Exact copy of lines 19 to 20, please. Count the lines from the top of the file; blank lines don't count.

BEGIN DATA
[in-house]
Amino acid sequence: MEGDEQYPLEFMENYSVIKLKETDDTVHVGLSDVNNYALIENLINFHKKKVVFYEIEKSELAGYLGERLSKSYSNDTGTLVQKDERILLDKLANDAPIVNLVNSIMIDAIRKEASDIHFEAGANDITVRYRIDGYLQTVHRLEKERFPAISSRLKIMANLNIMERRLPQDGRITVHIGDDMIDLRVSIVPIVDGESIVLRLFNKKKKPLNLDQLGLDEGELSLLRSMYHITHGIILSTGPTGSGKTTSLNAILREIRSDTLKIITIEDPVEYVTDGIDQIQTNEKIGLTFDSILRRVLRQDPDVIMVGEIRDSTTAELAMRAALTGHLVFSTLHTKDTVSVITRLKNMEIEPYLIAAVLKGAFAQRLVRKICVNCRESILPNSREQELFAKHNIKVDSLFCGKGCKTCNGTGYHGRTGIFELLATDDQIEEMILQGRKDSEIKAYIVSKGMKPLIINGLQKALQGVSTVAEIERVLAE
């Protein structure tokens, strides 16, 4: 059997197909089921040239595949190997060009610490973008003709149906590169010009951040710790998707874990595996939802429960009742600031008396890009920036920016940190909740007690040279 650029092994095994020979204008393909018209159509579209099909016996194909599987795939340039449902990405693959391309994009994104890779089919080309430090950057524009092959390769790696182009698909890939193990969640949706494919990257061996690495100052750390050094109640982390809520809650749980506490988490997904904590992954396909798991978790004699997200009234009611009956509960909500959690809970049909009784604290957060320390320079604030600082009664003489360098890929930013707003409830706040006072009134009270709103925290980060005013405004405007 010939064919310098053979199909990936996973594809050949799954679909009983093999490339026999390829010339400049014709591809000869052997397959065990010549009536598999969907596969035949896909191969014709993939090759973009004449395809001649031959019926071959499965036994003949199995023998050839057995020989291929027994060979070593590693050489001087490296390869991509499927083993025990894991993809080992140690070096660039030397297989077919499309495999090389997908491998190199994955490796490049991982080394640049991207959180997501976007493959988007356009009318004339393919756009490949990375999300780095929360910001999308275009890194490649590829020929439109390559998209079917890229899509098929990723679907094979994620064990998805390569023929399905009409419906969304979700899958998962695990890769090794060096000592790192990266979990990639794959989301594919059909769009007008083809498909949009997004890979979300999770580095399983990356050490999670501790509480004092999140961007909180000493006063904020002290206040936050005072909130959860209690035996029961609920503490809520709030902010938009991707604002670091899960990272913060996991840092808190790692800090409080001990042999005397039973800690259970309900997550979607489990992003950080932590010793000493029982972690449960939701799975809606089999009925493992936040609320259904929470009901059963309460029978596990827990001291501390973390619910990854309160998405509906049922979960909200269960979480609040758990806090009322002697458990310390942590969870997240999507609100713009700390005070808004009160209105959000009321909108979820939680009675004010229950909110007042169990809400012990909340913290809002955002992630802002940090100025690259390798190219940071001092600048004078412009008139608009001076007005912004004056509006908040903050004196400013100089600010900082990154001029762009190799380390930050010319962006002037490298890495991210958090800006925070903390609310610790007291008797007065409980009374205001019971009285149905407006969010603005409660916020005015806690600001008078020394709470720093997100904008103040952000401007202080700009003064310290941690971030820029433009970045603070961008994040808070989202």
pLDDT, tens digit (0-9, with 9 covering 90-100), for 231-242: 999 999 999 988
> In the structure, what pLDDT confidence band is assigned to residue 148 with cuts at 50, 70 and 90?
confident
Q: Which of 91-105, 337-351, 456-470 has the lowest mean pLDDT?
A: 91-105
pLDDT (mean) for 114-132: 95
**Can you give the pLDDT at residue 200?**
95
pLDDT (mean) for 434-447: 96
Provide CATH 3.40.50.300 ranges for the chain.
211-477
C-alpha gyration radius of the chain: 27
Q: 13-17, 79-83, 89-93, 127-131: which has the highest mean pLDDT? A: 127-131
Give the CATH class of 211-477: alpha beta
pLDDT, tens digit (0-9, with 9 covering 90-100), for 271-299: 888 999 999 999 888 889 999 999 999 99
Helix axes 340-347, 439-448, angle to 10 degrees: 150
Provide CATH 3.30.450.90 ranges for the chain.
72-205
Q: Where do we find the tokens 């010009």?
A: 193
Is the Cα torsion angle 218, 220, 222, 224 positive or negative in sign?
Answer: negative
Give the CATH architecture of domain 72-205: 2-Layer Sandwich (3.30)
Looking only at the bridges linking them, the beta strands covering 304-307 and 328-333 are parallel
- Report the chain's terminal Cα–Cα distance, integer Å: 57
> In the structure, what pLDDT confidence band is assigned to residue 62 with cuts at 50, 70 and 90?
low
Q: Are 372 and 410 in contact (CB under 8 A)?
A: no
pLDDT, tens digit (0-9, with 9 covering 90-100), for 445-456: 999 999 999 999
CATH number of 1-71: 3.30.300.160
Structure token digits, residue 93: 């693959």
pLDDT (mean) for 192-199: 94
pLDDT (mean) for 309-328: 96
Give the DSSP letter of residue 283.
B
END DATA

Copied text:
Helix axes 340-347, 439-448, angle to 10 degrees: 150
Provide CATH 3.30.450.90 ranges for the chain.